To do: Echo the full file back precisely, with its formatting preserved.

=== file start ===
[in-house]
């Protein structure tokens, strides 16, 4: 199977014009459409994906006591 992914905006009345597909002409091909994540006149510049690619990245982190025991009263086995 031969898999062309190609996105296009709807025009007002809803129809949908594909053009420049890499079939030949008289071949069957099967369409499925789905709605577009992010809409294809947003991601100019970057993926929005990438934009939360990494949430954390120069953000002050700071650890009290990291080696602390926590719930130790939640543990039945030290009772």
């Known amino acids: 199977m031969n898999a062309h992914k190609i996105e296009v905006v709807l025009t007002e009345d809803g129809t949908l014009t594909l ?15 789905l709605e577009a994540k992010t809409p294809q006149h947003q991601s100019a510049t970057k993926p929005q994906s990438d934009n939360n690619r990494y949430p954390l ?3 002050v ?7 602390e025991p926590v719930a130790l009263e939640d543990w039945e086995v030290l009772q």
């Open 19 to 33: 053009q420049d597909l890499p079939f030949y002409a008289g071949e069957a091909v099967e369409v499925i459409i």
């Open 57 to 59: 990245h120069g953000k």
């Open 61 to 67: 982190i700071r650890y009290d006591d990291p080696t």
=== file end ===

[in-house]
């Protein structure tokens, strides 16, 4: 199977014009459409994906006591 992914905006009345597909002409091909994540006149510049690619990245982190025991009263086995 031969898999062309190609996105296009709807025009007002809803129809949908594909053009420049890499079939030949008289071949069957099967369409499925789905709605577009992010809409294809947003991601100019970057993926929005990438934009939360990494949430954390120069953000002050700071650890009290990291080696602390926590719930130790939640543990039945030290009772």
């Known amino acids: 199977m031969n898999a062309h992914k190609i996105e296009v905006v709807l025009t007002e009345d809803g129809t949908l014009t594909l ?15 789905l709605e577009a994540k992010t809409p294809q006149h947003q991601s100019a510049t970057k993926p929005q994906s990438d934009n939360n690619r990494y949430p954390l ?3 002050v ?7 602390e025991p926590v719930a130790l009263e939640d543990w039945e086995v030290l009772q």
């Open 19 to 33: 053009q420049d597909l890499p079939f030949y002409a008289g071949e069957a091909v099967e369409v499925i459409i």
């Open 57 to 59: 990245h120069g953000k």
């Open 61 to 67: 982190i700071r650890y009290d006591d990291p080696t």